Commands tagged filter (10)

  • Thanks to knoppix5 for the idea :-) Print selected lines from a file or the output of a command. Usage: every NTH MAX [FILE] Print every NTH line (from the first MAX lines) of FILE. If FILE is omitted, stdin is used. The command simply passes the input to a sed script: sed -n -e "${2}q" -e "0~${1}p" ${3:-/dev/stdin} print no output sed -n quit after this many lines (controlled by the second parameter) -e "${2}q" print every NTH line (controlled by the first parameter) -e "0~${1}p" take input from $3 (if it exists) otherwise use /dev/stdin {3:-/dev/stdin} Show Sample Output


    2
    function every() { sed -n -e "${2}q" -e "0~${1}p" ${3:-/dev/stdin}; }
    flatcap · 2015-04-03 01:30:36 4
  • Sometimes commands give you too much feedback. Perhaps 1/100th might be enough. If so, every() is for you. my_verbose_command | every 100 will print every 100th line of output. Specifically, it will print lines 100, 200, 300, etc If you use a negative argument it will print the *first* of a block, my_verbose_command | every -100 It will print lines 1, 101, 201, 301, etc The function wraps up this useful sed snippet: ... | sed -n '0~100p' don't print anything by default sed -n starting at line 0, then every hundred lines ( ~100 ) print. '0~100p' There's also some bash magic to test if the number is negative: we want character 0, length 1, of variable N. ${N:0:1} If it *is* negative, strip off the first character ${N:1} is character 1 onwards (second actual character). Show Sample Output


    1
    function every() { N=$1; S=1; [ "${N:0:1}" = '-' ] && N="${N:1}" || S=0; sed -n "$S~${N}p"; }
    flatcap · 2015-03-21 23:44:59 4
  • avoiding UUOC! cut can handle files as well. No neet for a cat.


    0
    cut -d ' ' -f 1 /var/log/apache2/access_logs | uniq -c | sort -n
    BorneBjoern · 2013-09-17 20:05:03 0
  • The first sort is necessary for ips in a list to be actually unique.


    1
    cat /var/log/apache2/access_logs | cut -d' ' -f1 | sort | uniq -c | sort -n
    while0pass · 2013-09-07 23:57:31 0
  • Show's per IP of how many requests they did to the Apache webserver


    1
    cat /var/log/apache2/access_logs | cut -d ' ' -f 1 | uniq -c | sort -n
    basvdburg · 2013-09-02 13:04:47 1
  • Commandline perl filter for, using a production.log from a rails app, display on realtime the count of requests grouped by "seconds to complete" (gross round, but fair enough for an oneliner) :) Show Sample Output


    0
    tail -f production.log | perl -ne 'if (/^Completed.in.(\d+)/){$d = int($1/1000);print "\n";$f{$d}++;for $t (sort(keys(%f))){print $t."s: ".$f{$t}."\n"}}'
    theist · 2012-02-23 14:37:33 0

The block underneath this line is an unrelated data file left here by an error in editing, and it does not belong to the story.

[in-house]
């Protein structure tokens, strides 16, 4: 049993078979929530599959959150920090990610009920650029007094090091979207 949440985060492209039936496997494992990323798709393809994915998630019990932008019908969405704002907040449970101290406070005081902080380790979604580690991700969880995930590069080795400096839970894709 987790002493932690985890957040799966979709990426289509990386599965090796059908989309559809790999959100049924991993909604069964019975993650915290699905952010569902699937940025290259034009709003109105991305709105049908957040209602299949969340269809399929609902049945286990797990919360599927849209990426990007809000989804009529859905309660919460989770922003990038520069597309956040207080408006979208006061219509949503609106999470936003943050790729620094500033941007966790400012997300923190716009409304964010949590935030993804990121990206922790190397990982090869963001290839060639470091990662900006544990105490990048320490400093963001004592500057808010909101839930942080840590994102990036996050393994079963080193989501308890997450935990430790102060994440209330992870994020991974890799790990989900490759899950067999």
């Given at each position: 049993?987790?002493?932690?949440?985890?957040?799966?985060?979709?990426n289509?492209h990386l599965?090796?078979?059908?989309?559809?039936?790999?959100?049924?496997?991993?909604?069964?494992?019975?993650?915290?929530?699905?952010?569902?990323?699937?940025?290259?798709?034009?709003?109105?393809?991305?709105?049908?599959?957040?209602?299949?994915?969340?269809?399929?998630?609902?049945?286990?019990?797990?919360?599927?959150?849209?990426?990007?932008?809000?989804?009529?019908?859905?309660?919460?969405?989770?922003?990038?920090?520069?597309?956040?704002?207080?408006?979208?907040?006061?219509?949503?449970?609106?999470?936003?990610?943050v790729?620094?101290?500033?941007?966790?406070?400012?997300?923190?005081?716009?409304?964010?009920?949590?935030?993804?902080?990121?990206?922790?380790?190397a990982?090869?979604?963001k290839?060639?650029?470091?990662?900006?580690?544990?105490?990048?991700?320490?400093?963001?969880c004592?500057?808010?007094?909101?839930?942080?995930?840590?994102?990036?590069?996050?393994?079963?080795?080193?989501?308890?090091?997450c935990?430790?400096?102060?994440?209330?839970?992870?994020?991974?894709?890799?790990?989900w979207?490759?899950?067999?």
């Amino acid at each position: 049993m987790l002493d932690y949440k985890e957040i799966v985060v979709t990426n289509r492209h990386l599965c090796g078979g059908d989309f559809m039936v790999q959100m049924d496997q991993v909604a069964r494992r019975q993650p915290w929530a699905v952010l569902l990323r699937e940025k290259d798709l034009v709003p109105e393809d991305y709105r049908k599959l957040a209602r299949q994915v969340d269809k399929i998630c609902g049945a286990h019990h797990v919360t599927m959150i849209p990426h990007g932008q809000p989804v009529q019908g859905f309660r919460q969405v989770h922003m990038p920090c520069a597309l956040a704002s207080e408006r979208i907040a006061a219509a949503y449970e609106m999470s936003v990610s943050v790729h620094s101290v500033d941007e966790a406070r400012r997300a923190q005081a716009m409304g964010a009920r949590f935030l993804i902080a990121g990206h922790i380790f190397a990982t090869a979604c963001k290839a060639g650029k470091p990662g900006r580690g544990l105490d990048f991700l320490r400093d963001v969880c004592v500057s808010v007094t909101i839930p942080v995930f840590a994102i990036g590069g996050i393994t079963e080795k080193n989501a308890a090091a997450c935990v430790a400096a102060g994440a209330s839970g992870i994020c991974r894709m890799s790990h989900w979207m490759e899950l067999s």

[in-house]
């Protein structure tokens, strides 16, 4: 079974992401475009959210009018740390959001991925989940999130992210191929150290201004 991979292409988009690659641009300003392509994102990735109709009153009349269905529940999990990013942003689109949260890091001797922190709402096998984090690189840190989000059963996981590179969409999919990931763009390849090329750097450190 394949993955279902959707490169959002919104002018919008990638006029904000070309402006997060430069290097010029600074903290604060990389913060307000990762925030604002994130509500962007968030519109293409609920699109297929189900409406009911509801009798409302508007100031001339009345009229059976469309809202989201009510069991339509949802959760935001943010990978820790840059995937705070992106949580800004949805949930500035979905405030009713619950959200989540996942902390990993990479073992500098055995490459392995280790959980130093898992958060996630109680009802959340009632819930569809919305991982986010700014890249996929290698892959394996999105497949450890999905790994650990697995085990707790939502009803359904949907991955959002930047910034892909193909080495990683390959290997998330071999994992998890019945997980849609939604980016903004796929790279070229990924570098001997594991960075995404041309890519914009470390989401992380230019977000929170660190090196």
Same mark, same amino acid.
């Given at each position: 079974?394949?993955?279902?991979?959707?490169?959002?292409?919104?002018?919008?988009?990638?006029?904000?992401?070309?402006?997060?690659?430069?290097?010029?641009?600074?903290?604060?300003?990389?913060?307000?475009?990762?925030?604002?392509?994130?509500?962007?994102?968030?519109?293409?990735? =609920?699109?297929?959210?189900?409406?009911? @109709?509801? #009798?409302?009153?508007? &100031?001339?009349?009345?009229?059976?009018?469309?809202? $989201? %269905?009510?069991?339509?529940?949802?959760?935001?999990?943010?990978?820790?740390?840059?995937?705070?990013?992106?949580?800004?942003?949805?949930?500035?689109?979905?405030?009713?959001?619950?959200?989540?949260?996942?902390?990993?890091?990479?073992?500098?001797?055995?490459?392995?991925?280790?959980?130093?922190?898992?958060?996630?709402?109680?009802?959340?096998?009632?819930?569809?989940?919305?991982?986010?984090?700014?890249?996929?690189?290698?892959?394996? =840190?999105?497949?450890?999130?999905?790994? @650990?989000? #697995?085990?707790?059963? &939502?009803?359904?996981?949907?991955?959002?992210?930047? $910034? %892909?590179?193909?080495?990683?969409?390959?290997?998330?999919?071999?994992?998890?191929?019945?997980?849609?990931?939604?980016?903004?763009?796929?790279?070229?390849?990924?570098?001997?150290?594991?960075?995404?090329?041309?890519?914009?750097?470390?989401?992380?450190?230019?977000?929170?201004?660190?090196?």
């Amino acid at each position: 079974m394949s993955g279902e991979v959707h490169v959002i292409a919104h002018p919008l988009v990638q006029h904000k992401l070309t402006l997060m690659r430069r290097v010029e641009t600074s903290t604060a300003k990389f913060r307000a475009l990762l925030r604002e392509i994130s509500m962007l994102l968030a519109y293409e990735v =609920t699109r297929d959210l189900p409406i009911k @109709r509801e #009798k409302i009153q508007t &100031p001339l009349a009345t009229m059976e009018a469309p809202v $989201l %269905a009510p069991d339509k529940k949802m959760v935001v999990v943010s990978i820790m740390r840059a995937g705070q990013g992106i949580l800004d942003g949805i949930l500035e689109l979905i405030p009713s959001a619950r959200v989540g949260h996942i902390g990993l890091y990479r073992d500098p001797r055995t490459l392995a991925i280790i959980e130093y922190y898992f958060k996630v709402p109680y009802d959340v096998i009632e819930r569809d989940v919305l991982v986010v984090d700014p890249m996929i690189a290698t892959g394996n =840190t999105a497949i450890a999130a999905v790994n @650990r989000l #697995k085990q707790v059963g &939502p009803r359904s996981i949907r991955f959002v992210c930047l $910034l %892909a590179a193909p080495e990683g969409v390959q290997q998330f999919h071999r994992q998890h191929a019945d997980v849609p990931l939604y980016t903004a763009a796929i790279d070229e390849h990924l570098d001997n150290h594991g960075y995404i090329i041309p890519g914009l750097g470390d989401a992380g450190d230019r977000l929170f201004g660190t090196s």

• Removes all lines between the lines containing "" and "", including these lines itself Backdrop: Sometimes when working with XML files without an graphical editor, large comment-/annotation-blocks taper the readability to walk through the file. I like to create a copy of such documents without these annotations. As the documentation itself is in documentation tags inside the annotation tags an therefore graphical editors tend to put the annotation tags in their own lines, this command removes all documentations within annotation-tags. Show Sample Output


    -1
    awk "/<xsd:annotation>/{h=1};!h;/<\/xsd:annotation>/{h=0}" annotatedSchema.xsd
    2chg · 2011-07-15 07:17:17 1
  • Applying filter rules is what makes this a really useful command. It's usually a pain to figure out how to sync ONLY files matching a particular pattern, and often one reverts to goofy stuff like find .. -exec rsync .. The filter hides all folders from the transfer, so that only the matching folders that store the filename are left for the sync.


    0
    rsync -avz --dry-run --include="only-include-this-filename" -f 'hide,! */' source/folder/ target/folder/
    cybertoast · 2011-03-16 16:10:42 0
  • This line does not include your closing tag in the output. Show Sample Output


    1
    sed '/'"<opening tag>"'/,/'"<closing tag>"'/{/'"<closing tag>"'/d;p};d' "<file>"
    DaveQB · 2010-11-08 21:43:00 0
  • Working with log files that contains variable length messages wrapped between open and close tags it may be useful to filter the messages upon a keyword. This works fine with GNU sed version 4.2 or higher, so pay attention to some unix distros (solaris, hp-ux, etc.). Linux should be ok. Show Sample Output


    2
    cat file.txt | sed -e /<opening tag>/d -e /<closing tag>/G | sed -e '/./{H;$!d;}' -e 'x;/<string to search>/!d;'
    EBAH · 2010-11-04 10:31:15 0

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